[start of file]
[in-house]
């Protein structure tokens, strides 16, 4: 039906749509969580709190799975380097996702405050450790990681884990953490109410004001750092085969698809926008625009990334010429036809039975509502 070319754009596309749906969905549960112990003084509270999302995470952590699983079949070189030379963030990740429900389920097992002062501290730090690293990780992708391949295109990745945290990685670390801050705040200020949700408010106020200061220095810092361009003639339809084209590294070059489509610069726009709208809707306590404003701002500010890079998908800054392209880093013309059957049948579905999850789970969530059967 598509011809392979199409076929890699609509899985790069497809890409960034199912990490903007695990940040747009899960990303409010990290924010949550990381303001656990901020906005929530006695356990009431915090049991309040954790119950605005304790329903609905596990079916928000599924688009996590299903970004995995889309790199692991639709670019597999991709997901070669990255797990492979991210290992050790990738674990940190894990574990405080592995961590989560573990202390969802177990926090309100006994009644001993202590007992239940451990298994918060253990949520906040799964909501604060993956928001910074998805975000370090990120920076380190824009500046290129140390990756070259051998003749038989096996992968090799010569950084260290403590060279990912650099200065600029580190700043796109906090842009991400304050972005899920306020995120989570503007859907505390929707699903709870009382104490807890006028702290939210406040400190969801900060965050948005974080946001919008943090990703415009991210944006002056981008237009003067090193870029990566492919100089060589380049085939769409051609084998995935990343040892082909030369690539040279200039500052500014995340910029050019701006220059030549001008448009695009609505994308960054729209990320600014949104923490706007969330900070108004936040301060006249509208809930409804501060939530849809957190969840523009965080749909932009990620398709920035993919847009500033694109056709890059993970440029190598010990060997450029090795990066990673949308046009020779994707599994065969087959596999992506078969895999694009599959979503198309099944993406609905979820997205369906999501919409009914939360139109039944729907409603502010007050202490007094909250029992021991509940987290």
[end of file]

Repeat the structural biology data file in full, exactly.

[in-house]
């Protein structure tokens, strides 16, 4: 039906749509969580709190799975380097996702405050450790990681884990953490109410004001750092085969698809926008625009990334010429036809039975509502 070319754009596309749906969905549960112990003084509270999302995470952590699983079949070189030379963030990740429900389920097992002062501290730090690293990780992708391949295109990745945290990685670390801050705040200020949700408010106020200061220095810092361009003639339809084209590294070059489509610069726009709208809707306590404003701002500010890079998908800054392209880093013309059957049948579905999850789970969530059967 598509011809392979199409076929890699609509899985790069497809890409960034199912990490903007695990940040747009899960990303409010990290924010949550990381303001656990901020906005929530006695356990009431915090049991309040954790119950605005304790329903609905596990079916928000599924688009996590299903970004995995889309790199692991639709670019597999991709997901070669990255797990492979991210290992050790990738674990940190894990574990405080592995961590989560573990202390969802177990926090309100006994009644001993202590007992239940451990298994918060253990949520906040799964909501604060993956928001910074998805975000370090990120920076380190824009500046290129140390990756070259051998003749038989096996992968090799010569950084260290403590060279990912650099200065600029580190700043796109906090842009991400304050972005899920306020995120989570503007859907505390929707699903709870009382104490807890006028702290939210406040400190969801900060965050948005974080946001919008943090990703415009991210944006002056981008237009003067090193870029990566492919100089060589380049085939769409051609084998995935990343040892082909030369690539040279200039500052500014995340910029050019701006220059030549001008448009695009609505994308960054729209990320600014949104923490706007969330900070108004936040301060006249509208809930409804501060939530849809957190969840523009965080749909932009990620398709920035993919847009500033694109056709890059993970440029190598010990060997450029090795990066990673949308046009020779994707599994065969087959596999992506078969895999694009599959979503198309099944993406609905979820997205369906999501919409009914939360139109039944729907409603502010007050202490007094909250029992021991509940987290």